2. PeerSpace. In San Francisco and Los Angeles, there is a new service, PeerSpace, with unique meeting rooms at a reasonable cost. Think of them as the Airbnb for meetings. Expect them to add more cities.

3. Co-working spaces. This is hit-or-miss. Be careful as some co-working spaces can be in the low-rent district. There are both independent spaces and networks such as WeWork and Impact Hub. Most do not have a room large enough and if they do, it is important to have doors and walls as you do not want to bother their members or the opposite. We have had some success at the Hub (Seattle and London Westminster). It feels like each Hub is an independent franchise and there is no centralized source of information so you have to call each one.

4. University of Phoenix. This will most likely not come up in your search and is a very viable option as their 100+ rooms are usually available during the day. The price is right, they are in many urban ring locations with parking, and they have one point of contact for scheduling and billing.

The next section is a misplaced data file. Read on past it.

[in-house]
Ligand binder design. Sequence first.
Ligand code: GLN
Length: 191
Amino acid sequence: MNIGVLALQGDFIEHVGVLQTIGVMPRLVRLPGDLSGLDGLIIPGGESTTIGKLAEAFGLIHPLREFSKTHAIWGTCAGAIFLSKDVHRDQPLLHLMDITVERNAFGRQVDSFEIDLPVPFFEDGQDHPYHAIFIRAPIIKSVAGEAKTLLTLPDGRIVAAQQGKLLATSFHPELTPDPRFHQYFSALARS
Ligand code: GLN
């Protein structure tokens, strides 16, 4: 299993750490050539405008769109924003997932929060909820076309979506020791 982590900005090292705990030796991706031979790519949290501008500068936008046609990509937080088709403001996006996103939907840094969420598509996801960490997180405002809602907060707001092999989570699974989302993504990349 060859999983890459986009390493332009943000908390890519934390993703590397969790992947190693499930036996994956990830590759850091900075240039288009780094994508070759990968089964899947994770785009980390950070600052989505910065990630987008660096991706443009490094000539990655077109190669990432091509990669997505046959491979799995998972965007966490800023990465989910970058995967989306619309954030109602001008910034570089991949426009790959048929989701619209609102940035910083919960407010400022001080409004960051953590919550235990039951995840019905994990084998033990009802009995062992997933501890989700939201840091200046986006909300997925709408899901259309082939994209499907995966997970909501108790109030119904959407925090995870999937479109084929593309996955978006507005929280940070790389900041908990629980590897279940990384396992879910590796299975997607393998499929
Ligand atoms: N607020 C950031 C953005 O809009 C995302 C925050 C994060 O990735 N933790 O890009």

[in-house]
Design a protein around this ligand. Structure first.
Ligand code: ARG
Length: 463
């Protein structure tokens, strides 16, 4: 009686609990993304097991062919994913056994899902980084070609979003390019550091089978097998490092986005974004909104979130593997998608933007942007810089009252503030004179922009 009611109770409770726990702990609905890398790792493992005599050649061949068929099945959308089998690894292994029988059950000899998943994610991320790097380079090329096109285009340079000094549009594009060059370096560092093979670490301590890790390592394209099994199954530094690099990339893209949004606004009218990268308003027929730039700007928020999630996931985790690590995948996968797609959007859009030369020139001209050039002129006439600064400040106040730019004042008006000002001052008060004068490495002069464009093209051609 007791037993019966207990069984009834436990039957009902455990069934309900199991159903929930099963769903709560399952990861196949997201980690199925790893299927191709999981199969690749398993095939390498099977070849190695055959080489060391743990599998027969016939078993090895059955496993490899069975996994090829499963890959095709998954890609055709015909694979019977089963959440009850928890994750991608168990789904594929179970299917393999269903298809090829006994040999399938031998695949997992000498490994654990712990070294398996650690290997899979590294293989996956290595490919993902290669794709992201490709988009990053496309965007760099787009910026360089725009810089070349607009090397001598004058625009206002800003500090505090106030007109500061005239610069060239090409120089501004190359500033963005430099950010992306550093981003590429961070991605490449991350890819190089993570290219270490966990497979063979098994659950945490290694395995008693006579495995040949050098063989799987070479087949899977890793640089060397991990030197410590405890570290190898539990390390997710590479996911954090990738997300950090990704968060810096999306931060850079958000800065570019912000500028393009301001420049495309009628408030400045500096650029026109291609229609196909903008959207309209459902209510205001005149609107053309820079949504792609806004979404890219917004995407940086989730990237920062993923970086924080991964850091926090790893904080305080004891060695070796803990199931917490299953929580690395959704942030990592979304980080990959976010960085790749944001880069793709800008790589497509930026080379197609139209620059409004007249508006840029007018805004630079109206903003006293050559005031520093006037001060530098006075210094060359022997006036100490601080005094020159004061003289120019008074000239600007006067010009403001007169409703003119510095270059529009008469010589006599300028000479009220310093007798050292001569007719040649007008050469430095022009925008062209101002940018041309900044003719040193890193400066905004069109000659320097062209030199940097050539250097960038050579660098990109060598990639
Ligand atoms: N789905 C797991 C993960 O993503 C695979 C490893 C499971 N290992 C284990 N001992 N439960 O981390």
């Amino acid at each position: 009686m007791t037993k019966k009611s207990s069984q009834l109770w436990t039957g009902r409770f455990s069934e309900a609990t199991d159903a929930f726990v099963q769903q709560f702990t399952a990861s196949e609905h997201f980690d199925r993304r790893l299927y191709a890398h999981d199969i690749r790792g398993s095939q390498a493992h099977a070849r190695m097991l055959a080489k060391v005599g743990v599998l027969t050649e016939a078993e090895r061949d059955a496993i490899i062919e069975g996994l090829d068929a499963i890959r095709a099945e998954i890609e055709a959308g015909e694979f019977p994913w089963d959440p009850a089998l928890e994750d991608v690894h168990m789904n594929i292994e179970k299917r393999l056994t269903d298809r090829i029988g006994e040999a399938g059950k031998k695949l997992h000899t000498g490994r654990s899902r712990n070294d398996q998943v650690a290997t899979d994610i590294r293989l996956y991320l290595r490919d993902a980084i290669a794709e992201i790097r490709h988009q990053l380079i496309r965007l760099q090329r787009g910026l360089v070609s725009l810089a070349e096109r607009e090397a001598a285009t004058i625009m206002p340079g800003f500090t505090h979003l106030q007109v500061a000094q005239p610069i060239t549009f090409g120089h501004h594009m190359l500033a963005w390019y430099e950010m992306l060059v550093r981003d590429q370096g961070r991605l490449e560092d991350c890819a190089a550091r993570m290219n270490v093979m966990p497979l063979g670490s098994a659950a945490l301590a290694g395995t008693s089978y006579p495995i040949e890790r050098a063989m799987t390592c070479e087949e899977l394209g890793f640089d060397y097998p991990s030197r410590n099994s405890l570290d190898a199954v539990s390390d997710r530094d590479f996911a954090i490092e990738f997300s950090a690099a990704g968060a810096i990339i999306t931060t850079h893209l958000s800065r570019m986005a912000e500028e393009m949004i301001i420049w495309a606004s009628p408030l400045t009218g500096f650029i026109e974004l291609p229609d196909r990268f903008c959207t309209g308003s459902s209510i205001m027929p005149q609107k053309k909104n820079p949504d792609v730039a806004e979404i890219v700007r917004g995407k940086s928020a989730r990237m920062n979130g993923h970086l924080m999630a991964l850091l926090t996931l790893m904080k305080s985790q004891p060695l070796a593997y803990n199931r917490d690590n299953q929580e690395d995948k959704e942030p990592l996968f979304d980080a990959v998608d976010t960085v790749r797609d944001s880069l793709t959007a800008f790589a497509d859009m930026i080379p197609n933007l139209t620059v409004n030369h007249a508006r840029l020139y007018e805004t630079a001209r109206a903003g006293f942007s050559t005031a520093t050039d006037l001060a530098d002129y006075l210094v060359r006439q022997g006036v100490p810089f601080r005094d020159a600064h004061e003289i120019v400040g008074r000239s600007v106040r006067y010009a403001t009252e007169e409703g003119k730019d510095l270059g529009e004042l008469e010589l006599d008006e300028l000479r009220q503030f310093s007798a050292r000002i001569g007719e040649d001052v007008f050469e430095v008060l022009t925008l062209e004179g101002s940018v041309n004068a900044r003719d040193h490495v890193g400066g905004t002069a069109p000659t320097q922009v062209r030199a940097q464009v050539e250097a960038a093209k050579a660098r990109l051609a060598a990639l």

5. Universities and libraries. Try “colleges or libraries with meeting space and conference rooms in xxx”. We have had good luck with public universities and downtown libraries with parking being the biggest challenge (City University of NY, University of Minnesota St Paul, and Hartford Public Library). Business universities often rent space in their conference center (Babson and Bentley outside of Boston and DePaul University Center for Sales Leadership in the Chicago Loop.)